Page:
The year the sun came out – for some
Ireland’s economy is starting to look like the euro zone’s comeback kid, but with such a fragile and two-tiered recovery, a happy ending may yet be out of reach
Sun spots: the weather outside was delightful. Photograph: David Sleator
Queuing to leave: mass emigration has continued. Photograph: Getty
Homelessness: on the increase. Photograph: Alan Betson
Closed for business: empty shops in Dún Laoghaire. Photograph: Eric Luke
State of the nation: Enda Kenny’s television address. Photograph: Dave Meehan
Like any nation, we tell ourselves stories to make sense of the world. And if there’s one thing that drives a storyline – be it a tawdry soap or an against-all-odds epic – it’s redemption. As any good storyteller knows, the more hideous and painful the journey, the greater the sense of joy at the end.
So the departure of the troika at the tail end of 2013 gave us a perfect narrative arc. After five years of gruelling austerity, this is the year the dark clouds began to part and a sunlit higher ground began to appear on the horizon.
We became the first euro-zone country to exit an international bailout. We finally pulled out of recession, and unemployment began to fall. Even the property market sprang back into life.
“Ireland is now moving in the right direction. Our economy is starting to recover,” Taoiseach Enda Kenny told the nation, in a televised address earlier this month to mark the end of the bailout. But there are two sides to every story. For all the positive mood music, the acid test is whether ordinary people feel any better off.
Ireland might well have been, in the view of Forbes magazine, the best country in the world in which to do business this year, but it was cold comfort to those trapped with a crippling mortgage or to families on reduced incomes struggling to make ends meet.
For many young people this year, work simply wasn’t an option, and every six minutes or so another person voted with their feet and moved abroad for work.
A growing realisation set in that there will be no return to the good old days anytime soon. Debt from bailing out our banks will continue to weigh heavily on us all for decades to come in the form of taxes and charges. Forecasts suggest all we have to look forward to is anaemic growth over the coming decade.
Worrying signs suggested that our fragile recovery is distinctly two-tiered, with some gaining ground while others are left behind. Few, then, believe this story will have a fairytale ending. There’s been too much sacrifice, too much pain, for that.
Overall, our prospects are more encouraging than they were 12 months ago. There is, we’re told, just one more austerity budget to come. Then we’ll have a chance to draw breath, we hope.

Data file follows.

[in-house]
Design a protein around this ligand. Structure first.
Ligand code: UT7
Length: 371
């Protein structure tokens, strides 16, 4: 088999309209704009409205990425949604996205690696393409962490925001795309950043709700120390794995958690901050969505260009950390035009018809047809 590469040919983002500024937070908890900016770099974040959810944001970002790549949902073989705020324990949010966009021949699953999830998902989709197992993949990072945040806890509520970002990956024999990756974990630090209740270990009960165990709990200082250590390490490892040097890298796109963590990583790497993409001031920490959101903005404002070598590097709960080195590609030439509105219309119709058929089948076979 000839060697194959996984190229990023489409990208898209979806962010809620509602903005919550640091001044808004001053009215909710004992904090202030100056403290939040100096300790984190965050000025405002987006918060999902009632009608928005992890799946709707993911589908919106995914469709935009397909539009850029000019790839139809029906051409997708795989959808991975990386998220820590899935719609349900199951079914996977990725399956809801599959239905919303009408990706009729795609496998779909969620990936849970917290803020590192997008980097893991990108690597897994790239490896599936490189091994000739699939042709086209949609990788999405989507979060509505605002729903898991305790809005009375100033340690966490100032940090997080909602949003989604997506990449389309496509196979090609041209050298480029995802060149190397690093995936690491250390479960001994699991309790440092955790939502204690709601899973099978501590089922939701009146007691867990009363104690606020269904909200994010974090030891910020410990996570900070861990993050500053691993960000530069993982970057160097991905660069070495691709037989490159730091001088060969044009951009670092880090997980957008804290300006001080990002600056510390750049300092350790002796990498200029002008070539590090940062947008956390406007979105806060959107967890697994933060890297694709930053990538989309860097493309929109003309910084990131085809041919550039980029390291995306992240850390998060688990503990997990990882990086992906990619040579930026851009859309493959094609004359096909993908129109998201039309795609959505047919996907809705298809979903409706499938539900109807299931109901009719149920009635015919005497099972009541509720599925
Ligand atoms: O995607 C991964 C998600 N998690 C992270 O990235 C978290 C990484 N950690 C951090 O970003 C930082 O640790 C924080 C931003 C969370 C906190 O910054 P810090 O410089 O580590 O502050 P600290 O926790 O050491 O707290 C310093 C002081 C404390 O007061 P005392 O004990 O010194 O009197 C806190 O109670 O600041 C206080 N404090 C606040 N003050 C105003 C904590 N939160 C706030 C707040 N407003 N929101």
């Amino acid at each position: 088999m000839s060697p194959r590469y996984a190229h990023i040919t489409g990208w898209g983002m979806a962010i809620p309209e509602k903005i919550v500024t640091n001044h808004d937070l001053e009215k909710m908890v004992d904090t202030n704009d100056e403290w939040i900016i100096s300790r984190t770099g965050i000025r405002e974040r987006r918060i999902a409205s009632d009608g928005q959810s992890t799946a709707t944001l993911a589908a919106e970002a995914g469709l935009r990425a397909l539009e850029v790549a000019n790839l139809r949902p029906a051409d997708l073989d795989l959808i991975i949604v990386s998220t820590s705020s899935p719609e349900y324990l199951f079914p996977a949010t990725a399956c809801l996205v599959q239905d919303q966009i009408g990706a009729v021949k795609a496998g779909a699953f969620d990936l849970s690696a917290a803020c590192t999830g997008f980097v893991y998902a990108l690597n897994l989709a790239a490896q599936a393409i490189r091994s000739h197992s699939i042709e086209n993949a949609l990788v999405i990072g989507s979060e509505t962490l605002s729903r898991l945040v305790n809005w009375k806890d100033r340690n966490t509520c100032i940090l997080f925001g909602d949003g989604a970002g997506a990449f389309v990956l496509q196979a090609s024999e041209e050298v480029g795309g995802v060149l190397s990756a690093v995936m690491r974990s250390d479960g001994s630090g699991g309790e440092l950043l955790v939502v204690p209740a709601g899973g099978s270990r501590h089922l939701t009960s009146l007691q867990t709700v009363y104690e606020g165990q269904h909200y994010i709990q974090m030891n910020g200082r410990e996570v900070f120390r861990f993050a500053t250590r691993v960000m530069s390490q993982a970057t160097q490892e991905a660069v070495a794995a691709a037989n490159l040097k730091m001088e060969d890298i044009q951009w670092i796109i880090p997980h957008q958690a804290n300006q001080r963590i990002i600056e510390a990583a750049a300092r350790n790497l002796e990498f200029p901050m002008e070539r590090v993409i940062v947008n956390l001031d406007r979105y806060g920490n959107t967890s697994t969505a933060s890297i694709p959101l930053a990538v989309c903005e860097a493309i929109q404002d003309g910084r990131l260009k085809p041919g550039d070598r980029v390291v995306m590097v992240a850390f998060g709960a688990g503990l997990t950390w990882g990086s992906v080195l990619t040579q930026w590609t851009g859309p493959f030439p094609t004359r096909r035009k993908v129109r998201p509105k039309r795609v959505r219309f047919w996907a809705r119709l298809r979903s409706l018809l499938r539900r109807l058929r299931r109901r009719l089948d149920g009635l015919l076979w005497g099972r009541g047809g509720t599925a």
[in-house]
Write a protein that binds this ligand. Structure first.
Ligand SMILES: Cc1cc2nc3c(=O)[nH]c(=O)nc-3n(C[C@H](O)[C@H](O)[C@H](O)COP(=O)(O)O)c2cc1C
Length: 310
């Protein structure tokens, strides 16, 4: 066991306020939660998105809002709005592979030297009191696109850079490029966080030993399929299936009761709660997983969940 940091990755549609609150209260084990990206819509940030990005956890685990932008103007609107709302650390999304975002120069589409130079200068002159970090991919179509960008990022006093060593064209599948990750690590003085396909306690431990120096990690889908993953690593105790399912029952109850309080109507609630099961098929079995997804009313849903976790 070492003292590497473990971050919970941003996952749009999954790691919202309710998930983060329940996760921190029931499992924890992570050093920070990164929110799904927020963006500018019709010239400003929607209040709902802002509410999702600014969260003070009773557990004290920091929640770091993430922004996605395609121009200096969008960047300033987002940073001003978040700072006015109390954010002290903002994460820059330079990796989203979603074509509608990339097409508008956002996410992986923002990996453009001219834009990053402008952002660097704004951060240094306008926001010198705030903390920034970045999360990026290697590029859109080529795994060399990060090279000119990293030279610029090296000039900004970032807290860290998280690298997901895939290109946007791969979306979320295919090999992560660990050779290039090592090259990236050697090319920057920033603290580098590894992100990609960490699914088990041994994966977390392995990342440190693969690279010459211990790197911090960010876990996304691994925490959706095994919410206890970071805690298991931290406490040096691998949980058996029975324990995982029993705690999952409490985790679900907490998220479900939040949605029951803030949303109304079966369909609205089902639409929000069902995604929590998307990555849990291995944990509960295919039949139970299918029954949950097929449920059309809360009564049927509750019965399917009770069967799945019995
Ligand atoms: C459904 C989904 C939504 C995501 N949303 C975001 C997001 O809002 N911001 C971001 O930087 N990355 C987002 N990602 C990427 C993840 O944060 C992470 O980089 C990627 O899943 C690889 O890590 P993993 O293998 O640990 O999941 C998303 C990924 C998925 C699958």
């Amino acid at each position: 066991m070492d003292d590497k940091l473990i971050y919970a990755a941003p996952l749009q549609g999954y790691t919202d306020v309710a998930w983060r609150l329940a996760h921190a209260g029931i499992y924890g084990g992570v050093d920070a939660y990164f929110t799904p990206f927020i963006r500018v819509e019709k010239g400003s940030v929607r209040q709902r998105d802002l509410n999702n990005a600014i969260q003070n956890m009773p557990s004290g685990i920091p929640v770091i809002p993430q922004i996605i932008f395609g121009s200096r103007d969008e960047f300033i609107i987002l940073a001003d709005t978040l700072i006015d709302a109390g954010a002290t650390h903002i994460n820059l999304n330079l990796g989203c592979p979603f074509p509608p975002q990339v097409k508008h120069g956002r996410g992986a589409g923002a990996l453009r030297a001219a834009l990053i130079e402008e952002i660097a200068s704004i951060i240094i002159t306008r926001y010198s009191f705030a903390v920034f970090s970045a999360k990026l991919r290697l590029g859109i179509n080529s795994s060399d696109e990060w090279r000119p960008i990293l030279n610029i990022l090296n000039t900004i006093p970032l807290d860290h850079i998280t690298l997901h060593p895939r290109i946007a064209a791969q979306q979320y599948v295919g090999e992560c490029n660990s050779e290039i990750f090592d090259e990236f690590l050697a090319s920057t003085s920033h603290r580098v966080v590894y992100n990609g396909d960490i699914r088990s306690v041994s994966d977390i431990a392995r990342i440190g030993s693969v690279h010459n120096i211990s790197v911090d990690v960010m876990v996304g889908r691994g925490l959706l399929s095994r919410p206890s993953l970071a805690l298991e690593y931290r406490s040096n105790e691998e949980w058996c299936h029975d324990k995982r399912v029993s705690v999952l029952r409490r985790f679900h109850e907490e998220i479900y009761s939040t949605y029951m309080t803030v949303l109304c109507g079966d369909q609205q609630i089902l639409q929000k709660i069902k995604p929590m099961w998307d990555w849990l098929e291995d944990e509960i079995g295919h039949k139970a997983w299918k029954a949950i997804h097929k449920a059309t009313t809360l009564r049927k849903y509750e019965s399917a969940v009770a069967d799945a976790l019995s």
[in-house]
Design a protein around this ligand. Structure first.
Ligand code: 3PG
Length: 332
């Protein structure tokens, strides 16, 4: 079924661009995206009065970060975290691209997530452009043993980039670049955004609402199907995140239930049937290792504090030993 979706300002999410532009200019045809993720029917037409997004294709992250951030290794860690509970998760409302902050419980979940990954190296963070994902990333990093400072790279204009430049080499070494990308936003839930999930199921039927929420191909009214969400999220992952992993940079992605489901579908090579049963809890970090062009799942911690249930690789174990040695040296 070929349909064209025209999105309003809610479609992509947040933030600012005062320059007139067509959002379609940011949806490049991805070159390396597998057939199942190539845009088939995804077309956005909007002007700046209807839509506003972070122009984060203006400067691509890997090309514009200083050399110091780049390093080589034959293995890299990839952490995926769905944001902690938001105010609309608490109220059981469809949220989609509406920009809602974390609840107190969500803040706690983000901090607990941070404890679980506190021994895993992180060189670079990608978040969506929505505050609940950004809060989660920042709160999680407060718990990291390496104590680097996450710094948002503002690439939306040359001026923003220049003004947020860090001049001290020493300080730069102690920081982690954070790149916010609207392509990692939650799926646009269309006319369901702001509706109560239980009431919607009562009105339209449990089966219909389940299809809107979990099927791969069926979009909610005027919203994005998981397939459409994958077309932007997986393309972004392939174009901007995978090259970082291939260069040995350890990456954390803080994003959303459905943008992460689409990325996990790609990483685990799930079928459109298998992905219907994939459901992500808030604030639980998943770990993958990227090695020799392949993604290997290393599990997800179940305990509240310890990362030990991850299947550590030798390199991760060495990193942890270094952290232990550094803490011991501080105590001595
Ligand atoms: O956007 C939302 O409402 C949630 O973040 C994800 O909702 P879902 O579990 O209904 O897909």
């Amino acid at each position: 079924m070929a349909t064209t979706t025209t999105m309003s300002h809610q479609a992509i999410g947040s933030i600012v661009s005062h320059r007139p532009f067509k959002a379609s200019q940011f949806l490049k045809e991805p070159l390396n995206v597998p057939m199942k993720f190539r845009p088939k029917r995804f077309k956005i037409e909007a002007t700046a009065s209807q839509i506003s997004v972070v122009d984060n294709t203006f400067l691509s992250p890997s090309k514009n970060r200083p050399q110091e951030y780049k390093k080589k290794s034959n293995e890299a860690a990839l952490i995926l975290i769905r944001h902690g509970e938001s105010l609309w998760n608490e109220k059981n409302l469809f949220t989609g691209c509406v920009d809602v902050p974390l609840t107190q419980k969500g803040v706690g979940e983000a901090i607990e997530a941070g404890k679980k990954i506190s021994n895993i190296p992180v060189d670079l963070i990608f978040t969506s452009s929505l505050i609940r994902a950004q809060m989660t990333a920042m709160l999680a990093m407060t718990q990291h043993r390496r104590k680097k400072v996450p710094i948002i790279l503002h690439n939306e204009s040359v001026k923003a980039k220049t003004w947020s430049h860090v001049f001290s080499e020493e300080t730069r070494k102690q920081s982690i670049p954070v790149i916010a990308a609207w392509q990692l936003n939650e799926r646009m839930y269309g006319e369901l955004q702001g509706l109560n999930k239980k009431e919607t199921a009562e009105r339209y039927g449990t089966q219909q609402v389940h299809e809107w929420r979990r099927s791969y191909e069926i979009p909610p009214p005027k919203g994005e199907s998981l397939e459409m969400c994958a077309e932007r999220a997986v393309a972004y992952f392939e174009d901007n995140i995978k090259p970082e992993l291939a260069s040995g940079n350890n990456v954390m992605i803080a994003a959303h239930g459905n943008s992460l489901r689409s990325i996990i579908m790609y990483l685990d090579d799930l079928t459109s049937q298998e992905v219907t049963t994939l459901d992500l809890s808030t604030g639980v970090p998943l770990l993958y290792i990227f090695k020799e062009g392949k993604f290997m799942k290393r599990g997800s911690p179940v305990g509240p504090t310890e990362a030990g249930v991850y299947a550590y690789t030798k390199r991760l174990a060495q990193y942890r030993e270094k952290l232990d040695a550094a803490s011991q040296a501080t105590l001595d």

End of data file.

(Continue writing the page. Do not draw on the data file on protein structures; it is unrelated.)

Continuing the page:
This was the year redemption looked as if it might be around the corner. And even if day-to-day reality remains bleak for many, it’s a story we desperately want to believe.
So how real is this story of recovery? If jobless figures are a barometer of a country’s economic health, there were encouraging signs during 2013 for the first time in years.
Unemployment fell below 400,000 for the first time since May 2009. But dig deeper and a detailed breakdown of the figures indicates that much of this is down to emigration. Job creation picked up over the year, but if it wasn’t for mass emigration our rates of unemployment would be significantly higher.
Levels of unemployment among young people – almost 30 per cent – are alarming. Many have been drawing the dole for a year or more and are classified as long-term unemployed. Thankfully, the rate of long-term joblessness also began to fall this year.
Job-creation figures look encouraging, although signs are emerging of a two-speed economy. While the shiny glass office blocks around Dublin’s “Silicon Docks” have seen job growth, rural areas are still struggling to cope with depopulation, shuttered main streets and poor job prospects.
Job growth is healthy in high-tech industries, but lower-skilled sectors are continuing to struggle. While employment in IT, technical and scientific areas grew, employment continued to fall in areas such as construction (down 4 per cent) and transport (also down 4 per cent).
Property prices also began to rebound. But here, too, were signs of a two-tier recovery. In Dublin the market increased by 15 per cent over the course of the year, prompting fears of another property bubble. It seemed we’d learned nothing as the madness of the boom years and a shortage of family homes resulted in some staggering price increases.